The Journal of Membrane Biology

, Volume 77, Issue 3, pp 255–264

Monocarboxylic acid permeation through lipid bilayer membranes

  • Anne Walter
  • John Gutknecht

DOI: 10.1007/BF01870573

Cite this article as:
Walter, A. & Gutknecht, J. J. Membrain Biol. (1984) 77: 255. doi:10.1007/BF01870573


The membrane permeability coefficients for the homologous monocarboxylic acids, formic through hexanoic, as well as benzoic and salicylic, were determined for egg phosphatidylcholine-decane planar bilayer membranes. The permeabilities of formic, acetic and propionic acid were also determined for “solvent-free” phosphatidylethanolamine bilayers. Permeability coefficients were calculated from tracer fluxes measured under otherwise symmetrical conditions, and precautions were taken to ensure that the values were not underestimated due to unstirred layer effects. The relation between the nonionic (HA) permeability (Pm) and the hexadecane/water partition coefficient (Kp) was: logm=0.90 log Kp+0.87 (correlation coefficient=0.996). Formic acid was excluded from the analysis because its permeability was sixfold higher than predicted by the other acids. The permeabilities for “solvent-free” membranes were similar to those for decanecontaining membranes. The exceptionally high permeability of formic acid and the high correlation of the other permeabilities to the hexadecane/water partition coefficient is a pattern that conforms with other nonelectrolyte permeabilities through bilayers. Similarly, the mean incremental free energy change per methylene group (σΔG-CH2-) was −764 cal mol−1, similar to other homologous solutes in other membrane systems. However, much less negative σΔG values (−120, to −400 cal mol−1) were previously reported for fatty acids permeating bilayers and biological membranes. These values are due primarily to unstirred layer effects, metabolism and binding to membranes and other cell components.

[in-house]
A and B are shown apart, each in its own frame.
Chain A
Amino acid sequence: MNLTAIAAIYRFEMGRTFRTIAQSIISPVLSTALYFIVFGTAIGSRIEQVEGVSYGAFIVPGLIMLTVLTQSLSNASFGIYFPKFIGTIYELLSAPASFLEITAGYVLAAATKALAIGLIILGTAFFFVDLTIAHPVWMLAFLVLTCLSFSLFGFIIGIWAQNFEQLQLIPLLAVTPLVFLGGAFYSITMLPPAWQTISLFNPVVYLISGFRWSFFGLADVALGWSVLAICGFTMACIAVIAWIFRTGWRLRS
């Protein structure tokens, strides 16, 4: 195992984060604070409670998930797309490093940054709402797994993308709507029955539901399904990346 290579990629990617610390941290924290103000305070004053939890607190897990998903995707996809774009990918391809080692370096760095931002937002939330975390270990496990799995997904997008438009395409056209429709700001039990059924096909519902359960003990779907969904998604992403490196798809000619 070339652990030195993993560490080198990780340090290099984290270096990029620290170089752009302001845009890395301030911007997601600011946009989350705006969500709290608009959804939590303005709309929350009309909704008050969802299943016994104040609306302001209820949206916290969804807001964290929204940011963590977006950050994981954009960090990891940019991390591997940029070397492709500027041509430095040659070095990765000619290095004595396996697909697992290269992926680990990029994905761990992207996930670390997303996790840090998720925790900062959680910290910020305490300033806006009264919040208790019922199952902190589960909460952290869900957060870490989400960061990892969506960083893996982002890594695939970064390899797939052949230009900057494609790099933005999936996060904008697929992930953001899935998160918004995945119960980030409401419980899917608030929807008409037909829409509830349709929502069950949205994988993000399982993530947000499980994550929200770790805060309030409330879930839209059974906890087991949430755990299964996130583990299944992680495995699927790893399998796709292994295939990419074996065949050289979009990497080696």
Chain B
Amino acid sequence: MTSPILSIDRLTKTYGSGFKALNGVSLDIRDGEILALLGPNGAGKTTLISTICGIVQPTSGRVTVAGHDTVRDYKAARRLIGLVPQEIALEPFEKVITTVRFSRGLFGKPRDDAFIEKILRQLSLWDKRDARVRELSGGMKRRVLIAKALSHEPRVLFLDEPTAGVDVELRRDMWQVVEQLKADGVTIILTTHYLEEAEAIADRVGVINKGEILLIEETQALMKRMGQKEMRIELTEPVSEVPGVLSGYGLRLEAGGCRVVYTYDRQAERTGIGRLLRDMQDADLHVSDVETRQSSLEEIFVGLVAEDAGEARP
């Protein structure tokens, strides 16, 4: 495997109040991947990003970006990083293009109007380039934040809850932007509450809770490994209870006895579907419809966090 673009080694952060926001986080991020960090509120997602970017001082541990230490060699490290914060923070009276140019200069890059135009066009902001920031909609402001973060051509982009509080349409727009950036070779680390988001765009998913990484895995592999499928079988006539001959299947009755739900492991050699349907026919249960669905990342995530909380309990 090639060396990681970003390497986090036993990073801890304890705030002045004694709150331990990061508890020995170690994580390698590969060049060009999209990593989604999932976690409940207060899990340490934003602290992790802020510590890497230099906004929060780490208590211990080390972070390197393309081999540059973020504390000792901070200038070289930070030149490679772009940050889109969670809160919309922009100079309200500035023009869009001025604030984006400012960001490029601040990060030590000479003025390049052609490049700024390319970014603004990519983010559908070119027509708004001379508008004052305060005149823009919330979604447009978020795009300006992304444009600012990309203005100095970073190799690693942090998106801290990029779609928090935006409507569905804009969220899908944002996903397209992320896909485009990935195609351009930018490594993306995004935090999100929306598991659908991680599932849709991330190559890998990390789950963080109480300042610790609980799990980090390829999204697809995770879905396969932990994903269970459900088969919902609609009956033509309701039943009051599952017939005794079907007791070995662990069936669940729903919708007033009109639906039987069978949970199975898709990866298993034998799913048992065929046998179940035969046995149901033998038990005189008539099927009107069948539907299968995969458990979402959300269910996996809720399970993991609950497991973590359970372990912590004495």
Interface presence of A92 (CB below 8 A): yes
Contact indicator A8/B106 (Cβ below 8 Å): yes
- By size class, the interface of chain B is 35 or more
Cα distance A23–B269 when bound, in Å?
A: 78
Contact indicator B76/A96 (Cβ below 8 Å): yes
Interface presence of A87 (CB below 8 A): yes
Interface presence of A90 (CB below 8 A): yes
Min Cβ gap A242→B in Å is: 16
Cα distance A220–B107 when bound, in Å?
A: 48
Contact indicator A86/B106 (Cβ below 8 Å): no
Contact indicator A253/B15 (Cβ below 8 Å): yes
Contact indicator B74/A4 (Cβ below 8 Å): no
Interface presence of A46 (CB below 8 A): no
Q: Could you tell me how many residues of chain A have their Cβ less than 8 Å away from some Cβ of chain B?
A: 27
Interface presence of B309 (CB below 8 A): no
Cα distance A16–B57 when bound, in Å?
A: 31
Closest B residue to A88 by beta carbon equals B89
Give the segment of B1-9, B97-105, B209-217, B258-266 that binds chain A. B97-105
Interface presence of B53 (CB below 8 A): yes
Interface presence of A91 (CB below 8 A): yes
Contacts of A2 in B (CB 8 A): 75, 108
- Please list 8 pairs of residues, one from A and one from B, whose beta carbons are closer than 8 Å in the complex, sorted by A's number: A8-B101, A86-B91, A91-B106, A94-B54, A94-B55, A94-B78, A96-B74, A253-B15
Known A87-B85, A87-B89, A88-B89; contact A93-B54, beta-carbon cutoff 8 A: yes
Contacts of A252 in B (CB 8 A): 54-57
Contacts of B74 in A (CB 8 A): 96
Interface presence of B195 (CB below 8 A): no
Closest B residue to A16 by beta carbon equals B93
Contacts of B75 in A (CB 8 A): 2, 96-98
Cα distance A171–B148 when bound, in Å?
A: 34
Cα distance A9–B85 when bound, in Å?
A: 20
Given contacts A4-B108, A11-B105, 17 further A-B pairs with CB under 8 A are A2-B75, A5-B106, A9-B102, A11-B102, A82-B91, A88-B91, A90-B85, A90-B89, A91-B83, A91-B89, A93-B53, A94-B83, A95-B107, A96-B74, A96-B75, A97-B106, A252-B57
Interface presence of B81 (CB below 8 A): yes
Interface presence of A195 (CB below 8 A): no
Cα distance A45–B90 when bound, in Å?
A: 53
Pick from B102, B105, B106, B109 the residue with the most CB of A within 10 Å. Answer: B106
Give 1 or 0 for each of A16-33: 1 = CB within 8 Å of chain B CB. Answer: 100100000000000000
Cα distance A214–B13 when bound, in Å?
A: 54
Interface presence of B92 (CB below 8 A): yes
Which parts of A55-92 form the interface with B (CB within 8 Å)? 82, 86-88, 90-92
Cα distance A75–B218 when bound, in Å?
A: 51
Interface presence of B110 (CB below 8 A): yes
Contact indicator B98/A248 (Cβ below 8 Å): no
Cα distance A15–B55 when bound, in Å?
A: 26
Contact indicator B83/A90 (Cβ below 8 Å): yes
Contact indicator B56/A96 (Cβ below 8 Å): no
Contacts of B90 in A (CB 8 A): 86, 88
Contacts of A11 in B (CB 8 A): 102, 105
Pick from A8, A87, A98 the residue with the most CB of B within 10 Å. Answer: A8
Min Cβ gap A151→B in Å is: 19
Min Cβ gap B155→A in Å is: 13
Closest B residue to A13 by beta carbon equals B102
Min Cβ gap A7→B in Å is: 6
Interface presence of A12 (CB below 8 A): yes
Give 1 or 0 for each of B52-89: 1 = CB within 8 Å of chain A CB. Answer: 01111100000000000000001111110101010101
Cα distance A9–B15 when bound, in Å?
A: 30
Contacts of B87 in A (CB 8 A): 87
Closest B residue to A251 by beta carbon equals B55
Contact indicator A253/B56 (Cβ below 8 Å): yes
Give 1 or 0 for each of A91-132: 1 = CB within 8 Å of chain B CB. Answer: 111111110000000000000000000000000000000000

Key Words

fatty acid weak acid membrane permeability lipid bilayer partition coefficient 

Copyright information

© Springer-Verlag 1984

Authors and Affiliations

  • Anne Walter
    • 1
  • John Gutknecht
    • 1
  1. 1.Department of PhysiologyDuke University Medical Center and Duke University Marine LaboratoryBeaufort
  2. 2.Laboratory of Kidney and Electrolyte Metabolism, Bldg. 10, Rm. 6N307, N.H.L.B.I.National Institutes of HealthBethesda